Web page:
She was furious at Andromeda for doing this and leaving her alone. They had always been close, closer than she and Bellatrix ever were, and they'd seldom argued; and in ancient Pureblood circles, friends weren't so much trustworthy confidantes as they were useful associates. As strange as Andromeda had been acting, the thought that her sister would really betray such a fundamental value had never crossed her mind. She'd thought it was just a passing rebellious phase. Andromeda's desertion left her feeling lonely, hurt, and shocked.

So, she was relieved to return to Hogwarts and throw herself into classes and revision, absorbing as much information as she could in the bridge year between OWLs and NEWTs. She had every intention to forget about the debacle of the past summer. And she was going to squash that disgustingly-sentimental little voice in her head that whined about still missing Andy.

October 1971

Andromeda had had the nerve to send her a letter. When Nyx had dropped it into her lap, Narcissa felt her stomach drop at the sight of the familiar handwriting which adorned the envelope.

It turned out that Andy was not apologetic, but wished to defend her decision with the hope that some understanding would make Narcissa hate her less. It didn't. Narcissa crumped up and burned the note, and wished she'd done that before she read it.

Curse her and her filthy, Mudblood husband, she thought as she tossed the parchment into the flames, then threw in the envelope as well for good measure.

April 1973

A year and a half had passed since Andromeda's betrayal, and, although she still harboured a hefty amount of resentment, Narcissa was over it. She had managed to stop feeling anything more charitable than contempt after the first three months.

It was her final year of Hogwarts. She'd been courting Lucius Malfoy since January, after they had returned from the Christmas holiday. Things were progressing quite nicely, and Narcissa let herself hope he would propose after graduation. She loved the blonde-haired boy, who easily slotted himself into the void that Andromeda had left behind.

Andromeda's disownment had become widely known in Pureblood circles and gossiped about in hushed, scandalized tones. For an excruciatingly-long stretch of time after the event, many of Narcissa's peers had treated her as though the Black family had a particularly virulent strain of dragon pox. Lucius, on the other hand, had been sympathetic, not only regarding Andromeda, but also regarding her cousin Sirius: Sirius had arrived at Hogwarts that year and was promptly sorted into Gryffindor. Just to add more fuel to the flames, he'd become fast friends with the son of a prominent blood-traitor family. Narcissa suspected that he was pretty close to being burned off the family tapestry himself.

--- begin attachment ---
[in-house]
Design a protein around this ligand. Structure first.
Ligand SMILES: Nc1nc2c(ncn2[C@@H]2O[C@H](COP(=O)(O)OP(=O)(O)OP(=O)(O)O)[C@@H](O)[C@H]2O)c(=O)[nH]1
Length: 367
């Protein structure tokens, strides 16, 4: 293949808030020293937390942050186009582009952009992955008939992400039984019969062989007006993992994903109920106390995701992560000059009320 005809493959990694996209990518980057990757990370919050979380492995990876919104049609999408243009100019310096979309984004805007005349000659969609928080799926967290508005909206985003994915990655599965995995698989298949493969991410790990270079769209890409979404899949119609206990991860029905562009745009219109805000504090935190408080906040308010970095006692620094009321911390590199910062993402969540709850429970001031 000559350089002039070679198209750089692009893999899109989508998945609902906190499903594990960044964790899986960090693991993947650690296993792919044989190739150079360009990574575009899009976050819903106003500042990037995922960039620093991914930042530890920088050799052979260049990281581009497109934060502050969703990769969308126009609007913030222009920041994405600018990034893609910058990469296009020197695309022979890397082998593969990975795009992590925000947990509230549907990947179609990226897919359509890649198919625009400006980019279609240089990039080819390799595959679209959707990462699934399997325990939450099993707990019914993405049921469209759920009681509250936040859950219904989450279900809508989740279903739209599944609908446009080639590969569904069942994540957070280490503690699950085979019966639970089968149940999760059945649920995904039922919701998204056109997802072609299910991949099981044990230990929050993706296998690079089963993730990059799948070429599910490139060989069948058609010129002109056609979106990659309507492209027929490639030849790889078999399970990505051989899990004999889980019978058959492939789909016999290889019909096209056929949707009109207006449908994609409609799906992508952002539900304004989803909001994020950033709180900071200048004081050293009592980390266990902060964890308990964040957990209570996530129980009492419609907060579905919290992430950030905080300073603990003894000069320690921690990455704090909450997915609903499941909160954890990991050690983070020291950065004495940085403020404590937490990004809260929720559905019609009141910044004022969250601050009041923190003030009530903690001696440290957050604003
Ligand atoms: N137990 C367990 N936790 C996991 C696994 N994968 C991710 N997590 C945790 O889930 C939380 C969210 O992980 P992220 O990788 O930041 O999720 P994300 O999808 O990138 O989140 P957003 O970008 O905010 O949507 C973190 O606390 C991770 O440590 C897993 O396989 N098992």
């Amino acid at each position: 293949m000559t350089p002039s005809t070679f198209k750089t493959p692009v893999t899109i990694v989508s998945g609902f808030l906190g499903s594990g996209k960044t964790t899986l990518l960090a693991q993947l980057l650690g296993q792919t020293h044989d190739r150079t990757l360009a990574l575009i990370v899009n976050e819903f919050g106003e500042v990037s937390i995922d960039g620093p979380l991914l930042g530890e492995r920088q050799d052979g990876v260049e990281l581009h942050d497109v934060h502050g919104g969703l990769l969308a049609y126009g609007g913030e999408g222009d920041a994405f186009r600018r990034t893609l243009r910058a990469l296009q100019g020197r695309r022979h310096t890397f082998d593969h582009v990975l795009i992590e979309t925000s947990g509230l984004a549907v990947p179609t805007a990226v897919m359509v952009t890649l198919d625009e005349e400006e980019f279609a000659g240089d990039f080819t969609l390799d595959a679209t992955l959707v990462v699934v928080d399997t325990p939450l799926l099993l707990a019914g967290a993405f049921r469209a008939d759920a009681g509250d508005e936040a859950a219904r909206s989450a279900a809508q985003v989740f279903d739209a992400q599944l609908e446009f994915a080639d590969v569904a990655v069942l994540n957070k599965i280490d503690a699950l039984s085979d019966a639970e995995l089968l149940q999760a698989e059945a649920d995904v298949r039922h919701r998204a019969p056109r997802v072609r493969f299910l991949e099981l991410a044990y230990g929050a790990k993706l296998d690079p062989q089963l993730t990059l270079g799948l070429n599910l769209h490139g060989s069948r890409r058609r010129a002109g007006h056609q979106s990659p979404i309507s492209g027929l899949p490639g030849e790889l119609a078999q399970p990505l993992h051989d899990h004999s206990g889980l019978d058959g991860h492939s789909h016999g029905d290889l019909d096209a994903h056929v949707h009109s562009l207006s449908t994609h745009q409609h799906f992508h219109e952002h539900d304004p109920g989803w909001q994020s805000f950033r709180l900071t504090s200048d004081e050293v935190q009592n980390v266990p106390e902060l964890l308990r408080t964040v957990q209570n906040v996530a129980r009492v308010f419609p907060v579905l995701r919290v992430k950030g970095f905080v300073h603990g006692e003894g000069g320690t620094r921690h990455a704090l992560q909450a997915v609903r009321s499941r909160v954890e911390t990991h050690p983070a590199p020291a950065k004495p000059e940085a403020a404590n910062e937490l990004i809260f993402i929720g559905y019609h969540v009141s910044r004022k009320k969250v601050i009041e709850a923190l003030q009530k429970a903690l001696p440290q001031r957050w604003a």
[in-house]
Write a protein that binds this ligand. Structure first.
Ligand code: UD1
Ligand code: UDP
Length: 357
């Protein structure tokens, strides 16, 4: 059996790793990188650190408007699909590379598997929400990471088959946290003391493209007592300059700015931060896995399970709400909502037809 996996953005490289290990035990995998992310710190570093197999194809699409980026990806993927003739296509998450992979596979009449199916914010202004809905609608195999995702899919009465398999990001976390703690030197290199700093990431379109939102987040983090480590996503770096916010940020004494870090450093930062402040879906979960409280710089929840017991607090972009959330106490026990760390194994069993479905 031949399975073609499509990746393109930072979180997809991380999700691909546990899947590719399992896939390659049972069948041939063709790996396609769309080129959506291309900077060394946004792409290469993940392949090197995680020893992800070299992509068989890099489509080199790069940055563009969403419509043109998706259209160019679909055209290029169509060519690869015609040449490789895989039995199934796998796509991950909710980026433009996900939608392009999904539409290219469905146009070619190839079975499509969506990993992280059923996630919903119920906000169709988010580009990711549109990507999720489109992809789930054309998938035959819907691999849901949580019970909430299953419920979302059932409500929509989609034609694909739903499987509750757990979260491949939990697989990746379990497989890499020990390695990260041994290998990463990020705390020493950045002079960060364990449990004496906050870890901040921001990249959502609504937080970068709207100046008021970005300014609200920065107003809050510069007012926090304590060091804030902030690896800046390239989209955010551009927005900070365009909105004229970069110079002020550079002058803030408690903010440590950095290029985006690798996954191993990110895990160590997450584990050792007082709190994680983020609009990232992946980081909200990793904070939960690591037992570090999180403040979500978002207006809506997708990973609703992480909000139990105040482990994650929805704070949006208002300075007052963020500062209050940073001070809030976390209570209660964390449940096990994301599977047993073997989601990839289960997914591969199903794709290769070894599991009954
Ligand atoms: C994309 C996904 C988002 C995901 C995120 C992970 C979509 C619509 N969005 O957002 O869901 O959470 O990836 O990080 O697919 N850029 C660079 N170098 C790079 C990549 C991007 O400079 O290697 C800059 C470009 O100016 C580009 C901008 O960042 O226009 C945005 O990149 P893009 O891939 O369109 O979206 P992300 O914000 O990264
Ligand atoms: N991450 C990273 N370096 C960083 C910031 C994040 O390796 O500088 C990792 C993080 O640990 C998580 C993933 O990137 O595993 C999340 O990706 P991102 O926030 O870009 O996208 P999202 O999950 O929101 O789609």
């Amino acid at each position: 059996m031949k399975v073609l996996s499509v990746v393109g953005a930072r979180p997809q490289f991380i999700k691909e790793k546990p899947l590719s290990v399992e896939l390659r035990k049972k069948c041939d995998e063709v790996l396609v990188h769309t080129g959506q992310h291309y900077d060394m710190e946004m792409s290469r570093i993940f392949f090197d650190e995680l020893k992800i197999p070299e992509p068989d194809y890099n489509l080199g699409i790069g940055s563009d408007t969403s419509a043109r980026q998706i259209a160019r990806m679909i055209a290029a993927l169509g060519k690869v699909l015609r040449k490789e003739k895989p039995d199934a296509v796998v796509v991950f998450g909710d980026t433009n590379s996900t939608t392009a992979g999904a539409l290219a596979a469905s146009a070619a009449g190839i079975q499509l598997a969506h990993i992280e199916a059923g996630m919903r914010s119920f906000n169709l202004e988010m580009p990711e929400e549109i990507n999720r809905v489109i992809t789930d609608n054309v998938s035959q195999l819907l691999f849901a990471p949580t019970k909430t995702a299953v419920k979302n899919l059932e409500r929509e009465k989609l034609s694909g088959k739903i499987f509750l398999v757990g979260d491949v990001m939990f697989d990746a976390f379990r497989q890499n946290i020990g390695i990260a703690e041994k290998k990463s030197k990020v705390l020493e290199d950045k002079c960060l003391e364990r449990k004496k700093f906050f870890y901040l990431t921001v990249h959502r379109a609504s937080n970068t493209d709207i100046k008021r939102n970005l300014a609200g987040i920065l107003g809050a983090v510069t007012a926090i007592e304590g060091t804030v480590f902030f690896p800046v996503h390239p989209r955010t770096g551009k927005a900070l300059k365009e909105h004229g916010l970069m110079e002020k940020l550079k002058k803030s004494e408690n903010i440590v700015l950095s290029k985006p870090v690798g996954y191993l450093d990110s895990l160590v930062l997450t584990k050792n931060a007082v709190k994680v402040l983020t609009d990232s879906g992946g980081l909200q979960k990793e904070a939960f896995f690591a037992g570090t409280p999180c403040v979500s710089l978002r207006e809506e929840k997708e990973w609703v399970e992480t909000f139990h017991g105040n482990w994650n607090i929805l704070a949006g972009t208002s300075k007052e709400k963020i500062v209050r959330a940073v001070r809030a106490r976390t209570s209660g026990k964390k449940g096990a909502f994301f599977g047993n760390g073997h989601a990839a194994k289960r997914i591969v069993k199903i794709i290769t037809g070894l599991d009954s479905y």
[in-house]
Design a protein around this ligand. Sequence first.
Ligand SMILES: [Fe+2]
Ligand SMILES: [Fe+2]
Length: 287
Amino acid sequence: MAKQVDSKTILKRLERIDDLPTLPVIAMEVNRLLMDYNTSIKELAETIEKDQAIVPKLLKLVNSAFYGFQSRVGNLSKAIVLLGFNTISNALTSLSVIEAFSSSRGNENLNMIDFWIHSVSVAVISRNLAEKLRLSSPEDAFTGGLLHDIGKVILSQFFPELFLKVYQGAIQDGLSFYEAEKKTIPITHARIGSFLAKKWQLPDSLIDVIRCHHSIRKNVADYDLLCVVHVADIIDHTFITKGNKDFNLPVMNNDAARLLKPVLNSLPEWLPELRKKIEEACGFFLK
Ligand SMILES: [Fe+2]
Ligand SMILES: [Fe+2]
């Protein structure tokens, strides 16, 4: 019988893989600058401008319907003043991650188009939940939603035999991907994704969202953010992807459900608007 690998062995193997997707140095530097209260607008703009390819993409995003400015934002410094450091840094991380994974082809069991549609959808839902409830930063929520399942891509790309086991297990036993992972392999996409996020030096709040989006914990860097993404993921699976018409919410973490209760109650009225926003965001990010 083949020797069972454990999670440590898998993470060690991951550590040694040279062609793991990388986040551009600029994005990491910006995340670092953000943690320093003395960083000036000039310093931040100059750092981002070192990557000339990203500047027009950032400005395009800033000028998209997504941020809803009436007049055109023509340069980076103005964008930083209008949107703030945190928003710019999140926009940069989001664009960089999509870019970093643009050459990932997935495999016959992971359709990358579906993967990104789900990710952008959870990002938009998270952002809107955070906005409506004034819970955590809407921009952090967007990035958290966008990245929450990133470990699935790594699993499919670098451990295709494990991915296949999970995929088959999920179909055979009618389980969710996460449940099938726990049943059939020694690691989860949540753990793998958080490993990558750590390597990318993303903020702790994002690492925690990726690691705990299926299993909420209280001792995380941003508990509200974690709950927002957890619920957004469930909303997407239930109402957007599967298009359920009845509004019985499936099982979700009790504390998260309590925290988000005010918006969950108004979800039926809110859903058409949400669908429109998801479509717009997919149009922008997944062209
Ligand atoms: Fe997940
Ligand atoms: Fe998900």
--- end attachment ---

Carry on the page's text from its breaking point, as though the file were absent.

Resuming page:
The only good thing, aside from her relationship with Lucius, was that her relationship with Bellatrix had improved. The eldest and youngest Black girls had been united through their disgust. In fact, Narcissa would say she was closer to Bella than she was to anyone else in her family. If her sister needed anything, Narcissa would do it, and she knew the favour would—however reluctantly—be reciprocated.

May 1980

Narcissa Malfoy—née Black—had found a good life for herself, she thought. Lucius had taken her out to dinner alone the night of their Hogwarts graduation and proposed. She'd immediately accepted. To her surprise, she was easily welcomed into the Malfoy family, even by Abraxas, who was haughty and judgemental and wanted only the very best of everything for his only son. She was not like her traitorous sister, Lucius reassured her, and his father knew it.

She hadn't had anything to do with Andromeda Tonks in years, although she knew Andromeda had had a daughter shortly after Narcissa became engaged to Lucius. They'd passed by the Tonkses in Diagon Alley several times. The families had ignored each other; duelling in the streets was becoming of no witch or wizard.

Narcissa was expecting her own child now. Her baby was due the next month, and she prayed to Merlin every day for the birth to be complication-free. It had taken her years to get pregnant, and for the longest time she'd feared herself or her husband infertile. She wanted this child desperately. It seemed to her that the best way to put the drama of her youth behind her was to have a family of her own.

She never told anyone about the letter.